In America, some of the very first punk bands indicated how the music would transform into new wave. With their ironic reworkings of '60s pop, bubblegum and garage rock, Blondie and the Ramones had the melodic sensibilities, as well as the visual gimmicks that would prove to be key to commercial new wave success. However, Blondie -- who were blessed with Debbie Harry's sexy, photogenic looks -- made the commercial crossover, and the Ramones remained a cult act, no matter how hard they tried to break into the pop charts with buzzingly catchy rockers like "Sheena is a Punk Rocker" and "Rock N Roll Radio." One of their New York contemporaries, Talking Heads, managed to become stars in the early '80s, after albums like Talking Heads '77, More Songs About Buildings and Food, and Remain in Light had established their geeky, intellectual pop sense. Through these early records, Talking Heads became one of the leading American new wave bands, but their influence was overshadowed by the Athens, Georgia quartet the B-52's and the Boston quintet, the Cars.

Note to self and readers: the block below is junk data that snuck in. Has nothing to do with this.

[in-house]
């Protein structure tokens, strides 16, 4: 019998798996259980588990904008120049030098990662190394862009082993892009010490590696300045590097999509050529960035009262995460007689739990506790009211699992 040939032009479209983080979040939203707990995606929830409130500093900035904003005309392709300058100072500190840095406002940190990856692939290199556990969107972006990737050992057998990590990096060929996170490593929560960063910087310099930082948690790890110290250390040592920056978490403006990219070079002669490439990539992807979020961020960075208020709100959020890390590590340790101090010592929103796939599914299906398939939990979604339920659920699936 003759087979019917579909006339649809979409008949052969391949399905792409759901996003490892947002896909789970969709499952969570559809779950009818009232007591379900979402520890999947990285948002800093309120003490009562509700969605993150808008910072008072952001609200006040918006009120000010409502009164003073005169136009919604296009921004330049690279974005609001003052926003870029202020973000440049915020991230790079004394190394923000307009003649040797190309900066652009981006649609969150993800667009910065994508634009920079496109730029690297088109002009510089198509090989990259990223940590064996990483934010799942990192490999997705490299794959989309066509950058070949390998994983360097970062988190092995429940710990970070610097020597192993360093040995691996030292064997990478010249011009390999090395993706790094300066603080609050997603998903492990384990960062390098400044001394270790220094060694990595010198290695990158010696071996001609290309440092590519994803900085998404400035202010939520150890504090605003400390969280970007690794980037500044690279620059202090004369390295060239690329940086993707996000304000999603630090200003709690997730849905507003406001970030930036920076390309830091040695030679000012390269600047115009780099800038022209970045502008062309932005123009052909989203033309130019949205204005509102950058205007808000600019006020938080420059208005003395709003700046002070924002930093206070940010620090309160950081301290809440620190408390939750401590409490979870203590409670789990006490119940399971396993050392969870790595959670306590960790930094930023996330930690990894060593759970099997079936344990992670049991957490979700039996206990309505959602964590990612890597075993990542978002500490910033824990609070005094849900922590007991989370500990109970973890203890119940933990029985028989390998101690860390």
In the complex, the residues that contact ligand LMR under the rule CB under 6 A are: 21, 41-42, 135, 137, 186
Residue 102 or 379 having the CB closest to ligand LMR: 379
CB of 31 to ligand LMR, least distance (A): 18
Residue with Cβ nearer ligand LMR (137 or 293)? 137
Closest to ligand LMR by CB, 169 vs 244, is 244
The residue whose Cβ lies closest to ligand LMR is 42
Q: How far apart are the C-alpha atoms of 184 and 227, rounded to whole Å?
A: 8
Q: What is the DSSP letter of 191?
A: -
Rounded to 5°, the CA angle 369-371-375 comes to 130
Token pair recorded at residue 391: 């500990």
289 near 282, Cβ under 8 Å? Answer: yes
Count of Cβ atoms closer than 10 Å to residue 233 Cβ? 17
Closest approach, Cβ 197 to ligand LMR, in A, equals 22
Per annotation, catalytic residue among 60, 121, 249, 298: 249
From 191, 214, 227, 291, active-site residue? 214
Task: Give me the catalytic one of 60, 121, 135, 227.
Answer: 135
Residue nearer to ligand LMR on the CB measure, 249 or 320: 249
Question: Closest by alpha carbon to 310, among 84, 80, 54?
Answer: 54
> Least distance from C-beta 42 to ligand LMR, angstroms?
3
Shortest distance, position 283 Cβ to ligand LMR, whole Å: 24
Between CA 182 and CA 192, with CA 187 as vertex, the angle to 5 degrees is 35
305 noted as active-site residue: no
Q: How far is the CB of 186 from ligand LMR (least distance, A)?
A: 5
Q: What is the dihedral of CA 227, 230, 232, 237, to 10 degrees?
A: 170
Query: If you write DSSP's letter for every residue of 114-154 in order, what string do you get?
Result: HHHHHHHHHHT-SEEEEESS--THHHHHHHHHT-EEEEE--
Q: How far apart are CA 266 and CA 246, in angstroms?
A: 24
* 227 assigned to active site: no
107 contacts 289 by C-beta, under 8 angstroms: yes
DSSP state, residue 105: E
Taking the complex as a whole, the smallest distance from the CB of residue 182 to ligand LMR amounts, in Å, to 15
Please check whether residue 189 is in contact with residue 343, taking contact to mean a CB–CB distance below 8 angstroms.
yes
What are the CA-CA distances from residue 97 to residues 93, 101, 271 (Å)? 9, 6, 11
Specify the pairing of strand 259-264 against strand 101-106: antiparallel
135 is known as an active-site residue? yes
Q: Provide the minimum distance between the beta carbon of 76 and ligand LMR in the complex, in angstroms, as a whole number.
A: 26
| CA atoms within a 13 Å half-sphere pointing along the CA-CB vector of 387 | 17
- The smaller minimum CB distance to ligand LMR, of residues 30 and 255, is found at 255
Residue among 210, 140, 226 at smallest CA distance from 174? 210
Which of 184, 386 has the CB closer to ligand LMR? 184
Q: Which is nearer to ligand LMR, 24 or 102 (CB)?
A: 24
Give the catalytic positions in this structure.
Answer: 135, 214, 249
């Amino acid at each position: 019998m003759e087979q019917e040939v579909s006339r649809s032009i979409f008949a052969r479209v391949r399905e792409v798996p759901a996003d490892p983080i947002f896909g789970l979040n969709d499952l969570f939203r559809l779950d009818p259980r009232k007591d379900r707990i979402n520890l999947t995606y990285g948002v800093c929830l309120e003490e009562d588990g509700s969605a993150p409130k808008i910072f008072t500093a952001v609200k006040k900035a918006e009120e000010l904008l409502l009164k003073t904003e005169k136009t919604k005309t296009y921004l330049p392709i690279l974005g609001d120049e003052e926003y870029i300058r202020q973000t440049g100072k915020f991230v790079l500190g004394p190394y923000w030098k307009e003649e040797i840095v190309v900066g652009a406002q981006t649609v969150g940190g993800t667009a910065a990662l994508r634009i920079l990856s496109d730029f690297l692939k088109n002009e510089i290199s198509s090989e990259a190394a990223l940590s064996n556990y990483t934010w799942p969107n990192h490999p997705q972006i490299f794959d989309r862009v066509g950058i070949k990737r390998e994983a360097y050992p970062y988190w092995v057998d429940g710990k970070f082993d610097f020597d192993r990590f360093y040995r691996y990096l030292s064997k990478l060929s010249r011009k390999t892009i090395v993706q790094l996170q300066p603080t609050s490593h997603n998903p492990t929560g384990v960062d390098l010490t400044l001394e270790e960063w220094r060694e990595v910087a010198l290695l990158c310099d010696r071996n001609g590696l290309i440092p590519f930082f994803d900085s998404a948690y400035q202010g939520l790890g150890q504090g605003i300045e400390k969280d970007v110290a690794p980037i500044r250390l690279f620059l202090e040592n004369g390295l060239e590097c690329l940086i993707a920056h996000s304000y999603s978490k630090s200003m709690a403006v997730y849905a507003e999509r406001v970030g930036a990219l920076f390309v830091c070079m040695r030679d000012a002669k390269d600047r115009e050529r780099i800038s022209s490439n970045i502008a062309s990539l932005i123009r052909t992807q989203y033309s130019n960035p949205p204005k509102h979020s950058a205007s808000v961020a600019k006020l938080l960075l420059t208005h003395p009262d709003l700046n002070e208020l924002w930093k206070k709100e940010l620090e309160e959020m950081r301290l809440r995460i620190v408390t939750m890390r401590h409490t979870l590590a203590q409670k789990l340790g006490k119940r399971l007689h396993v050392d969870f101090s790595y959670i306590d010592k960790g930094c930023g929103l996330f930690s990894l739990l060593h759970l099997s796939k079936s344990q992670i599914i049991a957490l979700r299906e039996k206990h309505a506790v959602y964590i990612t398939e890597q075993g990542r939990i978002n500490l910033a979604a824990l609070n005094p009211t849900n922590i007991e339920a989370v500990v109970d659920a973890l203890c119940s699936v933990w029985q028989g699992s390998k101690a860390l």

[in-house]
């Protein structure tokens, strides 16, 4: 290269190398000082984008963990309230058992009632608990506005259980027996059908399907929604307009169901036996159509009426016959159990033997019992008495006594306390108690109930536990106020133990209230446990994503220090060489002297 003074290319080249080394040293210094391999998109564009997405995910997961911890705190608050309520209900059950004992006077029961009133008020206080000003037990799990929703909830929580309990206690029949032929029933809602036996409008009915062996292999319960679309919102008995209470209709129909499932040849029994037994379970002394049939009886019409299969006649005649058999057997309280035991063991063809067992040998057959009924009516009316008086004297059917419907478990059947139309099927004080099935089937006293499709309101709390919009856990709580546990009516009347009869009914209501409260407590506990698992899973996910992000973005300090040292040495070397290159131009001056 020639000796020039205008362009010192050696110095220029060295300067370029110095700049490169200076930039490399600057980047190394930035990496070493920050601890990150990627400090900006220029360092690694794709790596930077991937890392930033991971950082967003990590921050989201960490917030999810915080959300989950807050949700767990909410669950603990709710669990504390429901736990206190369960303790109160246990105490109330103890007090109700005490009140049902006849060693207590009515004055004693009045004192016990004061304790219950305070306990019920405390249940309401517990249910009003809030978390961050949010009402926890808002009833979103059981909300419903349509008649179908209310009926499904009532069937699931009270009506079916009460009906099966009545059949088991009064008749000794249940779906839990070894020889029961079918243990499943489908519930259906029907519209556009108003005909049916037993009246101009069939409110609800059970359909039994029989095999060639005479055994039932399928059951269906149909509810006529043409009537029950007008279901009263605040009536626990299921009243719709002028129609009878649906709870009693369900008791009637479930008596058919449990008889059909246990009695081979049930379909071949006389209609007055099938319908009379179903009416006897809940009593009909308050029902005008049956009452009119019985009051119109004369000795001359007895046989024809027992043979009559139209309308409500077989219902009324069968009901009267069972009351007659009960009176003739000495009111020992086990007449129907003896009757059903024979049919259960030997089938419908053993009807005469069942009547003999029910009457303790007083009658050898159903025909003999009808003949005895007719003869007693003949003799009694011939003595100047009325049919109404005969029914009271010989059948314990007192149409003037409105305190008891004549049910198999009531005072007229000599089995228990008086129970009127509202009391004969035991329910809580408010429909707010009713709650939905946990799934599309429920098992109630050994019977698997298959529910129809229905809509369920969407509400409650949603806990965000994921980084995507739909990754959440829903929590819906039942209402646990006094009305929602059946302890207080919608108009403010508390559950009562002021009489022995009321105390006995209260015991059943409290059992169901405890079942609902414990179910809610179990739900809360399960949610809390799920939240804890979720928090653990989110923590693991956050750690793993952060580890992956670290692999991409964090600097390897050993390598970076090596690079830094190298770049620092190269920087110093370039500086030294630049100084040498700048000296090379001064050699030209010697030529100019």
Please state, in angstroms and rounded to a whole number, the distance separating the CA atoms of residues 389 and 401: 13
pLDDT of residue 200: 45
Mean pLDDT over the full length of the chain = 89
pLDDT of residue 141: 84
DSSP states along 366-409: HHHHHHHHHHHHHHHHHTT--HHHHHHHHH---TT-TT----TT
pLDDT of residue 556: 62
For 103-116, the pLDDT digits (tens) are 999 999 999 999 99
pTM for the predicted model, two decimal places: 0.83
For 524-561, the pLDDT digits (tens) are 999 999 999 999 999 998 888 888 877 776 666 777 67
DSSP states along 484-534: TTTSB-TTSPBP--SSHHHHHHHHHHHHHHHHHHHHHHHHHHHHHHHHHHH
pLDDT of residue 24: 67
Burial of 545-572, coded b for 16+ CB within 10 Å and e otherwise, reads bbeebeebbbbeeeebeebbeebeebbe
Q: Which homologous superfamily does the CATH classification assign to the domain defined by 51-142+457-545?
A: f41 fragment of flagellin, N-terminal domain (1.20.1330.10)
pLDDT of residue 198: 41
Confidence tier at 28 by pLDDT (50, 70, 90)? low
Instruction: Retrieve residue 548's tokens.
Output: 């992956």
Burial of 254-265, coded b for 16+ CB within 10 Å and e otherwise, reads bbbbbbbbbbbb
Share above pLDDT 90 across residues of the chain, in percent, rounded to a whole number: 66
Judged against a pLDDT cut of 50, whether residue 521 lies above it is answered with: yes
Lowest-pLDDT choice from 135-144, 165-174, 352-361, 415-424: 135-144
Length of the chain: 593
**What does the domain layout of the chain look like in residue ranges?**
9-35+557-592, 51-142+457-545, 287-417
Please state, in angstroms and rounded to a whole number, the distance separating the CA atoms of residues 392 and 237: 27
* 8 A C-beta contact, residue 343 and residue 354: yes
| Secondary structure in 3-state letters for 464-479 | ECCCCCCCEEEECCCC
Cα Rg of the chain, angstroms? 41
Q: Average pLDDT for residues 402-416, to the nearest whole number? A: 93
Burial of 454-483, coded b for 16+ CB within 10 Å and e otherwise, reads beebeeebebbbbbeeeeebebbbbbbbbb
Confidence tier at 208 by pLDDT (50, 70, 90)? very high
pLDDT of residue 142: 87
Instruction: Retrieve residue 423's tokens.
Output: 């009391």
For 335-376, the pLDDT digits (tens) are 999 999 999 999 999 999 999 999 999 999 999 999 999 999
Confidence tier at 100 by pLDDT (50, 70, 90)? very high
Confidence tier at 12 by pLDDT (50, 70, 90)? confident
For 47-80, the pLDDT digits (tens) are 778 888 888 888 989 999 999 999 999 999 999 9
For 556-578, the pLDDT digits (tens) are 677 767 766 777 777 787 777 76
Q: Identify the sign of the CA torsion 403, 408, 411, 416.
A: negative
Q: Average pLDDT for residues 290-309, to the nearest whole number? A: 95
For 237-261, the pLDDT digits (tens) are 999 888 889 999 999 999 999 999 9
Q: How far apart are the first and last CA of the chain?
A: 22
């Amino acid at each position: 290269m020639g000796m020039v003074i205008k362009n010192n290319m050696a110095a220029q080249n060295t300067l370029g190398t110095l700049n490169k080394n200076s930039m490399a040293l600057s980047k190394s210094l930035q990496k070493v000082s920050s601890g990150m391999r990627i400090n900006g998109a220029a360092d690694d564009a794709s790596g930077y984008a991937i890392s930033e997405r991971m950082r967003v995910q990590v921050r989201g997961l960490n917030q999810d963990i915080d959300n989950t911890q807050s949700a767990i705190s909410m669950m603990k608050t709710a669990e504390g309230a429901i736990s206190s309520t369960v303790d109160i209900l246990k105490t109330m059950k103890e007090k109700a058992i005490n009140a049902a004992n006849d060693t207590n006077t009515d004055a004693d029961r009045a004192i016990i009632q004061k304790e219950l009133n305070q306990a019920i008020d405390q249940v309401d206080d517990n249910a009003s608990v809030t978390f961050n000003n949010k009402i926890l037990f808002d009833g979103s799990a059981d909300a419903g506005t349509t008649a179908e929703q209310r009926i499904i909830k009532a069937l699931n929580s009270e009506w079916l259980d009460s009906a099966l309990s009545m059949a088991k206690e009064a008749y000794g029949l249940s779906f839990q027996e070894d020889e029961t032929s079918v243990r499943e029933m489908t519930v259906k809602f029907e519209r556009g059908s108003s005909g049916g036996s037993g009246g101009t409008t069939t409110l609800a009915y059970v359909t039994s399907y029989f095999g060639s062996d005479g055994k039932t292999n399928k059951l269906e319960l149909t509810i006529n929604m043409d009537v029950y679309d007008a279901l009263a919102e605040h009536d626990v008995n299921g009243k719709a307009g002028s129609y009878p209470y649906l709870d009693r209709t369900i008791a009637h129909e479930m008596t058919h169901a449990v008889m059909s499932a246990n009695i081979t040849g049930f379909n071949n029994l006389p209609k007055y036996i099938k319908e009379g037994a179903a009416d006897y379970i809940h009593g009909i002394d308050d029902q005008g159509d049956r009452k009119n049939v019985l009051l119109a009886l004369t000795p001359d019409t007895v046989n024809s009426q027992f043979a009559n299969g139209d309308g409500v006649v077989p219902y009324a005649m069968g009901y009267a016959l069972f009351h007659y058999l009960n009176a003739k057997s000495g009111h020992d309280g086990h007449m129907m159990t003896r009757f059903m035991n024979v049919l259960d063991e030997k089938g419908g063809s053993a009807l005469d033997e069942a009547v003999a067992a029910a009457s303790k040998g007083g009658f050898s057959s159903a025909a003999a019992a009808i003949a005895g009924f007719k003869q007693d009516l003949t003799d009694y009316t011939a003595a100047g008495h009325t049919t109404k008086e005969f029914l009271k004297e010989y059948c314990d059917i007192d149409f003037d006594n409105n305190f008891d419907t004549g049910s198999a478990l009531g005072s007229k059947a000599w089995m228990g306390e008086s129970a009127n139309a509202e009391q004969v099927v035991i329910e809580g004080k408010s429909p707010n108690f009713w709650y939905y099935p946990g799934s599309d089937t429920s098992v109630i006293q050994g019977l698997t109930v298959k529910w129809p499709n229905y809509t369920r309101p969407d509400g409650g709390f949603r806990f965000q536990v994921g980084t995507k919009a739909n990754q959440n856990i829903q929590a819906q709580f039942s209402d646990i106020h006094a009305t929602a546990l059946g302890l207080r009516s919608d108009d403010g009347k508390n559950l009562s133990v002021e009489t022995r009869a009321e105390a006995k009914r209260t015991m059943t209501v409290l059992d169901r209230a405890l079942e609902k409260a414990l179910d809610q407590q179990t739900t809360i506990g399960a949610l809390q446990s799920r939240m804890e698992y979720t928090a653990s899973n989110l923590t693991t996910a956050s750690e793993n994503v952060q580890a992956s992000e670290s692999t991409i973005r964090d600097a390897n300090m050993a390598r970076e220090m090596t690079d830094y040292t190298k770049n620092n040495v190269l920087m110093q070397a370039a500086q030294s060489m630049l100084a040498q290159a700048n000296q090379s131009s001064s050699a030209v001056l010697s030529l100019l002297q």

With their celebration of B-movie kitsch, dissonant harmonies and jerky hooks, the B-52's developed a new rock & roll lexicon. They were defiantly strange and weirdly funny, with distinctive visual gimmicks and aural hooks that were easily as revolutionary as the speedy guitars of the Ramones. Their esthetic was borrowed by numerous bands, many of which turned out to be one-hit wonders, but there were a handful that took it as rallying cry. These generally turned out to be bands that were major players in alternative rock -- during the late '70s and early '80s, the sound of the B-52's was only heard in clubs and colleges, since mainstream radio accepted new wave in the form of the Cars. For a band that cribbed heavily from the Velvet Underground and Iggy Pop, the Cars were remarkably straightforward; their pulsating, minimalistic rock & roll played like arena rock since it emphasized the hook and loud guitars. Following the Cars, album-rock radio and many of its staple artists began incorporating new wave production techniques in an attempt to stay modern, and it resulted in some trashy, fun hits from veteran rockers that were generally clueless about punk. Of course, there were also bands like the Motels, Missing Persons and the Fixx whose sensibility was more akin to AOR than punk, but they were able to co-opt the new wave sound quite successfully. These bands provided the backdrop for the true sound of new wave, the multitudes of quirky, edgy pop singles that incorporated punk sensibility and culture within the confines a three-minute pop single. The first to essay this idea successfully was Elvis Costello, a pub-rock singer/songwriter that became a sensation with his 1977 debut album My Aim is True. A smart, nervy collection of tight pop songs and ballads, My Aim is True illustrated that punk's energy could be harnessed in more accessible, straightforward styles and it also established that the music could be the province of geeky outsiders instead of stylish hipsters or brutish thugs. Costello's geeky persona would echo throughout the new wave years, yet his initial impact was how he pushed older pub rockers like Nick Lowe and Graham Parker into the limelight. These pub-rockers, whose initial rejection of rock stardom conventions paved the way for punk, favored pop, rock and folk, and helped usher in an explosive era of singles that covered a wide spectrum of sounds and styles. During the late '70s and early '80s, there were countless bands that mined the catchy, quirky guitar-pop vein of new wave. There were conventional power-pop bands like Bram Tchaikovsky, the Romantics, 20/20 and the Knack, as well as the revitalized rock & roll of the Pretenders, the jittery pop of XTC, the inspired songcraft of Squeeze, the Police's savvy pop-reggae and the spruced-up retro-rock of Rockpile and its two leaders, Nick Lowe and Dave Edmunds. Almost simultaneously, the ska and mod revivals surfaced in England. The Specials, Madness and the English Beat spearheaded the ska revival, which had a stronger dance rhythm than most new wave variations, along with more humor. The Jam updated the stridently British rock of the Who and the Kinks, and countless bands tried to mimic the band's punchy attack and lead singer/songwriter Paul Weller's biting lyricism. Soon, such guitar-oriented bands gave way to the synthesized, danceable territory of synth-pop and New Romantics like ABC, Duran Duran and Spandau Ballet. Inspired by David Bowie and Roxy Music's detached glamor and robotic soul, the New Romantics had cool electronic surfaces, crooning vocals and a distinctive visual style, which incorporated teased hair and flamboyant clothing. Such striking visuals made them naturals for MTV, a cable television network that debuted in 1981.